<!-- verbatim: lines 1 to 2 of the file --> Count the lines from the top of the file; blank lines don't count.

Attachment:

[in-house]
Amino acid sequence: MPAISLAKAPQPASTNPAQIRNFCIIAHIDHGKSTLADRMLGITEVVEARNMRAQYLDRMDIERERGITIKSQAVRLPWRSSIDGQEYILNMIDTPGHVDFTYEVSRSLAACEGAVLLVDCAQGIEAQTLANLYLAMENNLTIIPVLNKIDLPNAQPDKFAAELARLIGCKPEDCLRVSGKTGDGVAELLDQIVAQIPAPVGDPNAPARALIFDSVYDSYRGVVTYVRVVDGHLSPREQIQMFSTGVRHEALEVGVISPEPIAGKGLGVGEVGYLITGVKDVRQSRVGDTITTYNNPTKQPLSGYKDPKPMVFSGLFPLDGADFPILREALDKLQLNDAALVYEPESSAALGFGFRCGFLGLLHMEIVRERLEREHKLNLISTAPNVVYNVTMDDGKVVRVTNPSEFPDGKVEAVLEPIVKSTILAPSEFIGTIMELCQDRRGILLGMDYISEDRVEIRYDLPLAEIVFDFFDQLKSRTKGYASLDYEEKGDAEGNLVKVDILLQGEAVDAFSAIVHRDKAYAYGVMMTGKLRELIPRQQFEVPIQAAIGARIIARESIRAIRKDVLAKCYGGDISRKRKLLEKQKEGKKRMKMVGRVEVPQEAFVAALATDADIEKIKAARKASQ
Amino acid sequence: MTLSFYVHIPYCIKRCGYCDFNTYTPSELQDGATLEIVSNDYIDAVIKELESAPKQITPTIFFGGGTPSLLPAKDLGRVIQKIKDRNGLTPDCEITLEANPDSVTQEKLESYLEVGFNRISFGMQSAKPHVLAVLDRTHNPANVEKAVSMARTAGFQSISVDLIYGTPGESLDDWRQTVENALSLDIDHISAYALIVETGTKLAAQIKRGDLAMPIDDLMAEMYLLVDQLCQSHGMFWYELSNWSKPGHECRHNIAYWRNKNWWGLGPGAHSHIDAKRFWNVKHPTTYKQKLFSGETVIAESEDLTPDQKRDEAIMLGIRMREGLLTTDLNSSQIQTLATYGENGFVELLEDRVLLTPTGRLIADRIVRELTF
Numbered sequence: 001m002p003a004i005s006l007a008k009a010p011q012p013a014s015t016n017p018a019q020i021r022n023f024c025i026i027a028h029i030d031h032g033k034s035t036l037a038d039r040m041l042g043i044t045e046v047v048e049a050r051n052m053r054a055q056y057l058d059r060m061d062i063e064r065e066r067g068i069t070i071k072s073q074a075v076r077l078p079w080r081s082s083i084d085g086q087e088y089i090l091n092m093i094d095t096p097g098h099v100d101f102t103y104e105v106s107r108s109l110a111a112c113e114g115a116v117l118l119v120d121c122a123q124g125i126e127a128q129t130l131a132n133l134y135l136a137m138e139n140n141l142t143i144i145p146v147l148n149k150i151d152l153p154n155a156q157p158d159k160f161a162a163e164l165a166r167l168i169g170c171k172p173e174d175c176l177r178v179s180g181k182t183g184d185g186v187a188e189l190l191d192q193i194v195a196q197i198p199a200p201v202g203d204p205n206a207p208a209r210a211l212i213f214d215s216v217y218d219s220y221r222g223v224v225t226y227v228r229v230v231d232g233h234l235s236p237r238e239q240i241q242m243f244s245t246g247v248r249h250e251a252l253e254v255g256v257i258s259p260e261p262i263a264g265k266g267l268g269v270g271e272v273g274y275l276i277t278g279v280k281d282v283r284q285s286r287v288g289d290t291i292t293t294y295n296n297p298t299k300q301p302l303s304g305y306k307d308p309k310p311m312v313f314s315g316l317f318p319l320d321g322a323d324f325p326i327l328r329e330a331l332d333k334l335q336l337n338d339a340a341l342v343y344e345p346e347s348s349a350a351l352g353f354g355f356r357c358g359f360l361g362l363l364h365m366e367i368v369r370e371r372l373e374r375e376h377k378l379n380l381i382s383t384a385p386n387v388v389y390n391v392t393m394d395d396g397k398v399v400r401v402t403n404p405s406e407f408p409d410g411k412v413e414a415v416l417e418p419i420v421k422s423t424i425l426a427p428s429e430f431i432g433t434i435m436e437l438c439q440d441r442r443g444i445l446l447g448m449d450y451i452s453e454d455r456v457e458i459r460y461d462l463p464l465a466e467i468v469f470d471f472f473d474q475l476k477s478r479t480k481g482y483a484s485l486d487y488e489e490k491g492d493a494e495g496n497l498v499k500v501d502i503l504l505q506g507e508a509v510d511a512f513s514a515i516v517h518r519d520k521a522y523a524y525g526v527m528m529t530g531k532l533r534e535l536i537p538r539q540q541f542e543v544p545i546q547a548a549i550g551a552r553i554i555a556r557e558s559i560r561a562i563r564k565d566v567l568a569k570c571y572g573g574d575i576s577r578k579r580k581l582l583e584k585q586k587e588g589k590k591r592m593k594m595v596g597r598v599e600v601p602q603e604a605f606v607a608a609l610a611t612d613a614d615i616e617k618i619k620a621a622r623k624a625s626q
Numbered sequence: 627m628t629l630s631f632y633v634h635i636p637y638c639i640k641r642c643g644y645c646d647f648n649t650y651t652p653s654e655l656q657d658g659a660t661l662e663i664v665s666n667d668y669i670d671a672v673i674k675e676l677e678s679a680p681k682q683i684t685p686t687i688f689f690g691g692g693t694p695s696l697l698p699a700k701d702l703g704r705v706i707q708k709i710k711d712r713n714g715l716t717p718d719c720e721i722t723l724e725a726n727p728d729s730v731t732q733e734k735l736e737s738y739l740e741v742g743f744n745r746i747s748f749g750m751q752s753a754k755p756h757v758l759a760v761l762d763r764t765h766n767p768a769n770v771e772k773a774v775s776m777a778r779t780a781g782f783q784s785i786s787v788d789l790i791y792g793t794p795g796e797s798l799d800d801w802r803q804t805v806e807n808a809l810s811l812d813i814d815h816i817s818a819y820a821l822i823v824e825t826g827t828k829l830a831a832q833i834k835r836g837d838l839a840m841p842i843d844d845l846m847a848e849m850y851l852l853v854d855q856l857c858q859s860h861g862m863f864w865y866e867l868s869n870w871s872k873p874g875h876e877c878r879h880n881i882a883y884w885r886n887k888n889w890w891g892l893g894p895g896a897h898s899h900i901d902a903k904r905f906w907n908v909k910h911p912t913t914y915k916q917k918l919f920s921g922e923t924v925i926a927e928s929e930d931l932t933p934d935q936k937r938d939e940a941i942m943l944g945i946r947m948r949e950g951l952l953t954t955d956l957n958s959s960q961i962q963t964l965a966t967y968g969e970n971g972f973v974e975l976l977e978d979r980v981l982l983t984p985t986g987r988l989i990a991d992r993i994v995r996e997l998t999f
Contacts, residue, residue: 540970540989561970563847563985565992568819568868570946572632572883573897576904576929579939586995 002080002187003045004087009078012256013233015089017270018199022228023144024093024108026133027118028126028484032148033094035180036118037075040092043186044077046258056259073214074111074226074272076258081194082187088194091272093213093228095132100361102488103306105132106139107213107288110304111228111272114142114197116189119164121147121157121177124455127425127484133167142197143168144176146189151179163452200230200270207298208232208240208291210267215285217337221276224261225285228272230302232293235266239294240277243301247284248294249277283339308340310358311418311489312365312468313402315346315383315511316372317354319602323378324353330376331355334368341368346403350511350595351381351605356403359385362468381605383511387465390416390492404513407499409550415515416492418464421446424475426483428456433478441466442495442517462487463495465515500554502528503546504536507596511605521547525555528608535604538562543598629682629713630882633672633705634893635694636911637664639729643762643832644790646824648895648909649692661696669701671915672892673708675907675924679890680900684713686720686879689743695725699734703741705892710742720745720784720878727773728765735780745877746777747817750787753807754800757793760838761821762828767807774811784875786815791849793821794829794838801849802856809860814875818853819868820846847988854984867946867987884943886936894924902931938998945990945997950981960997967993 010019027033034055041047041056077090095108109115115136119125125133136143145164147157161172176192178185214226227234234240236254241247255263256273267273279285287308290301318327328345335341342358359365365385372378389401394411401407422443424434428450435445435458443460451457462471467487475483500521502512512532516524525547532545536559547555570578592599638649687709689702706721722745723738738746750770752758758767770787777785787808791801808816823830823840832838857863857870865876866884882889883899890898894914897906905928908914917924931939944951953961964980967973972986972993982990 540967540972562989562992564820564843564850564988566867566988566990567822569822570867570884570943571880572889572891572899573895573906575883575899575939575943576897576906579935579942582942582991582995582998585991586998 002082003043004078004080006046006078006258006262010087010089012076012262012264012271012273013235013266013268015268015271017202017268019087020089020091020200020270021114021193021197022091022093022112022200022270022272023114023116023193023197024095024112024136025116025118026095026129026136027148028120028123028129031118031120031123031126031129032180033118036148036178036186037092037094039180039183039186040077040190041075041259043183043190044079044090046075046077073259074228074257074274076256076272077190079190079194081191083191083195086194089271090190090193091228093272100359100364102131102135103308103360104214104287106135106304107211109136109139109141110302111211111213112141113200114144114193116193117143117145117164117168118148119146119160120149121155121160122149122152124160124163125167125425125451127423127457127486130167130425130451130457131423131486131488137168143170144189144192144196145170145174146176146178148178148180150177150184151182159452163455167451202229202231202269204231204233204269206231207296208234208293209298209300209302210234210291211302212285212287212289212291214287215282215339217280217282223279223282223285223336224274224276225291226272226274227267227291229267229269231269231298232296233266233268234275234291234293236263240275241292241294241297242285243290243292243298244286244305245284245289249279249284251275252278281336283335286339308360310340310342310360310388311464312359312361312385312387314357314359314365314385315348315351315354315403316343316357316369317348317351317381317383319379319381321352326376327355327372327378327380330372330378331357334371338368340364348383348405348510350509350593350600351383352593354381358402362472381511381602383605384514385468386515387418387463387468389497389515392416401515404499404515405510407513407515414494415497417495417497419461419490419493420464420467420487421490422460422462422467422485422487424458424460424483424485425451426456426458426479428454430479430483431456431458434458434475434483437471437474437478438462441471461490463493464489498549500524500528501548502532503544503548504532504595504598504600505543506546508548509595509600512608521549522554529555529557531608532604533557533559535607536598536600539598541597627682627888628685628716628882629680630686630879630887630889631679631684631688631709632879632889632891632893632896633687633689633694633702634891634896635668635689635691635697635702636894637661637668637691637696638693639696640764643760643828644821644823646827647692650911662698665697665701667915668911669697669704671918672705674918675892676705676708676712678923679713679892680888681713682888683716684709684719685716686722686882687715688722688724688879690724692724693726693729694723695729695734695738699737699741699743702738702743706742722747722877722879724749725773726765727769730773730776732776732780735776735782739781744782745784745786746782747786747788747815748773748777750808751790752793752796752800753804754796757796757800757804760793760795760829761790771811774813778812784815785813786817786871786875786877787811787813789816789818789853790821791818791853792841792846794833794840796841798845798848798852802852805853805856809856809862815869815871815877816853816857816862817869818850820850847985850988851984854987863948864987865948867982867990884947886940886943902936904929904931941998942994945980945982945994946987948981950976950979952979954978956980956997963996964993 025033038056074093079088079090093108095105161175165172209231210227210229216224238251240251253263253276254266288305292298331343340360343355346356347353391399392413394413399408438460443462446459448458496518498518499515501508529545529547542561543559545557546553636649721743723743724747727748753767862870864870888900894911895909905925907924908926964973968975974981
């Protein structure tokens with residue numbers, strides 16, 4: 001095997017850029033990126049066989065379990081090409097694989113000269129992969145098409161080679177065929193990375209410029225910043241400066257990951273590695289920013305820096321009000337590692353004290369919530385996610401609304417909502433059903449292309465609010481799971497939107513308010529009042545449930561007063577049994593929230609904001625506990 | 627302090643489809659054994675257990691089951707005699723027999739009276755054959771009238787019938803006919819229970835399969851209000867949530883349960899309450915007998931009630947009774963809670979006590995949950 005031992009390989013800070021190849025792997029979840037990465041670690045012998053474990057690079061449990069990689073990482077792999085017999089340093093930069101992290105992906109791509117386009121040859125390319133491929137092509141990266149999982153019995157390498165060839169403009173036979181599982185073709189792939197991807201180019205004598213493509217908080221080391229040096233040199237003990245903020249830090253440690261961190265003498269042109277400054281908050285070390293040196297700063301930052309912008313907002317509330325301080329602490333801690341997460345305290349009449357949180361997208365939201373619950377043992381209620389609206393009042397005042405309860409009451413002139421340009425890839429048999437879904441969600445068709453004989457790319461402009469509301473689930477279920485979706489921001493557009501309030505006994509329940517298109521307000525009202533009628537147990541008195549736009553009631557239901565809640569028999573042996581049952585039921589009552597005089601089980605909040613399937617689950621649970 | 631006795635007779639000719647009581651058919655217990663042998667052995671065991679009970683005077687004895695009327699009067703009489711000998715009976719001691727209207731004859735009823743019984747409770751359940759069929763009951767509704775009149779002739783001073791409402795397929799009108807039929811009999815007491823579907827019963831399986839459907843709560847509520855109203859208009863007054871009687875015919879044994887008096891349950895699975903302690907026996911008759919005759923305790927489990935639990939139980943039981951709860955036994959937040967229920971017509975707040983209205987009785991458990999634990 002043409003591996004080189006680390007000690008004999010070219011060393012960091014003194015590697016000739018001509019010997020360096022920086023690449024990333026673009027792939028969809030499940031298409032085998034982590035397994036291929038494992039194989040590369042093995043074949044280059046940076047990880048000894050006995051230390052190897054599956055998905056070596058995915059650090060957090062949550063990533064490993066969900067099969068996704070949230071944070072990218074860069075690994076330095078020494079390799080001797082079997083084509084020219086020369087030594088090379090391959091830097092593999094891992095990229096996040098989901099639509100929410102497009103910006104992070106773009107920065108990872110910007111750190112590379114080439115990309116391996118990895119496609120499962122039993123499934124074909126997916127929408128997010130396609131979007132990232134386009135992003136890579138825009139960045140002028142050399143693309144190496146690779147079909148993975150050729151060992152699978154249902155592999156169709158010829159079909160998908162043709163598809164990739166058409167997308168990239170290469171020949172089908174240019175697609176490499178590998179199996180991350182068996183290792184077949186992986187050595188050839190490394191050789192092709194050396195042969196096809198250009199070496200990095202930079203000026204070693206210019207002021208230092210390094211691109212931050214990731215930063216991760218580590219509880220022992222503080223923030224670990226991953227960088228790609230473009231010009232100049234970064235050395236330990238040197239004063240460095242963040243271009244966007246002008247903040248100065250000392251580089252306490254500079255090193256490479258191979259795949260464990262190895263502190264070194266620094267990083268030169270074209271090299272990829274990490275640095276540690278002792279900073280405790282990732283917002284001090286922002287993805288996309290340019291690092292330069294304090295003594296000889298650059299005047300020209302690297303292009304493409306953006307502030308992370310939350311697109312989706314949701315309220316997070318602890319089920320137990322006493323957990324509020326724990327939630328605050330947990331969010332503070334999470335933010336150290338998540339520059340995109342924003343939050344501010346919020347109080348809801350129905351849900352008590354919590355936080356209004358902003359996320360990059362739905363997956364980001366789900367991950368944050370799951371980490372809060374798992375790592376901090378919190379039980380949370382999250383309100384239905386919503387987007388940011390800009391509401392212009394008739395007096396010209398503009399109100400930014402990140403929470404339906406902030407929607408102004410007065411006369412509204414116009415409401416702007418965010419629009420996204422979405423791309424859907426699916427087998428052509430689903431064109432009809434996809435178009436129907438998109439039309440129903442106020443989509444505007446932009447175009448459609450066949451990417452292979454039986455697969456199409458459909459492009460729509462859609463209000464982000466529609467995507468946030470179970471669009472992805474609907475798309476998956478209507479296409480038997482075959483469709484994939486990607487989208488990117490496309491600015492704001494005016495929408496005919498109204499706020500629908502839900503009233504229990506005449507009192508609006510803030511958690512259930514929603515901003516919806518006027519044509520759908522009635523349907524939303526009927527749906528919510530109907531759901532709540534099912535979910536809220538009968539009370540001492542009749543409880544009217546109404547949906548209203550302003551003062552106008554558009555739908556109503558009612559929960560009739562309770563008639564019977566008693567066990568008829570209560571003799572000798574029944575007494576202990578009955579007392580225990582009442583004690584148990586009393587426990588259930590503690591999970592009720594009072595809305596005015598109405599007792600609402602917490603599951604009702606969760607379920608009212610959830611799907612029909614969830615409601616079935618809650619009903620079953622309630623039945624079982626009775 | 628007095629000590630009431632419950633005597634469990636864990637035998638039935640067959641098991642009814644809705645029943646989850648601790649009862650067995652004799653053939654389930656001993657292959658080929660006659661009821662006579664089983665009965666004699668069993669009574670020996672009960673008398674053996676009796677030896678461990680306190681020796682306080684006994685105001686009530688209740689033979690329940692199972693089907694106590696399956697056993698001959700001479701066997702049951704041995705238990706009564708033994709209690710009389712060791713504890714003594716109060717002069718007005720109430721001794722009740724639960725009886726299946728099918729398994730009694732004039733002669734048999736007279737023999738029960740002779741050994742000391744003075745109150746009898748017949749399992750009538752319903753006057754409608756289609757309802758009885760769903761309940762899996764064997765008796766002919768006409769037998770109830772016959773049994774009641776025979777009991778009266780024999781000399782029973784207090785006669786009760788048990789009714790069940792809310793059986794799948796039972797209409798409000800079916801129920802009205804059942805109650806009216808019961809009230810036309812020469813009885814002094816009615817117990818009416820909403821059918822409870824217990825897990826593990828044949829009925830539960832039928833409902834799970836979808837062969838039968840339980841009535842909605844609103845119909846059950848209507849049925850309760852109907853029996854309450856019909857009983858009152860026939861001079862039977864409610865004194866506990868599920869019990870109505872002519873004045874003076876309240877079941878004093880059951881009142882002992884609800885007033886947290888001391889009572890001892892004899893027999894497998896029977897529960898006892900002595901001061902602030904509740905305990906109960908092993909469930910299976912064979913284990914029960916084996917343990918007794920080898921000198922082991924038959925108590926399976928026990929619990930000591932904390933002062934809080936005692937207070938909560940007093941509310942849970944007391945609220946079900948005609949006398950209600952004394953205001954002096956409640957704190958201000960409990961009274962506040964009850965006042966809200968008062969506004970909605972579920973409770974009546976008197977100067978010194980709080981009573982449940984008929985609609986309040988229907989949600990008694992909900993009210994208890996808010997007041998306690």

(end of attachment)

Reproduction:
[in-house]
Amino acid sequence: MPAISLAKAPQPASTNPAQIRNFCIIAHIDHGKSTLADRMLGITEVVEARNMRAQYLDRMDIERERGITIKSQAVRLPWRSSIDGQEYILNMIDTPGHVDFTYEVSRSLAACEGAVLLVDCAQGIEAQTLANLYLAMENNLTIIPVLNKIDLPNAQPDKFAAELARLIGCKPEDCLRVSGKTGDGVAELLDQIVAQIPAPVGDPNAPARALIFDSVYDSYRGVVTYVRVVDGHLSPREQIQMFSTGVRHEALEVGVISPEPIAGKGLGVGEVGYLITGVKDVRQSRVGDTITTYNNPTKQPLSGYKDPKPMVFSGLFPLDGADFPILREALDKLQLNDAALVYEPESSAALGFGFRCGFLGLLHMEIVRERLEREHKLNLISTAPNVVYNVTMDDGKVVRVTNPSEFPDGKVEAVLEPIVKSTILAPSEFIGTIMELCQDRRGILLGMDYISEDRVEIRYDLPLAEIVFDFFDQLKSRTKGYASLDYEEKGDAEGNLVKVDILLQGEAVDAFSAIVHRDKAYAYGVMMTGKLRELIPRQQFEVPIQAAIGARIIARESIRAIRKDVLAKCYGGDISRKRKLLEKQKEGKKRMKMVGRVEVPQEAFVAALATDADIEKIKAARKASQ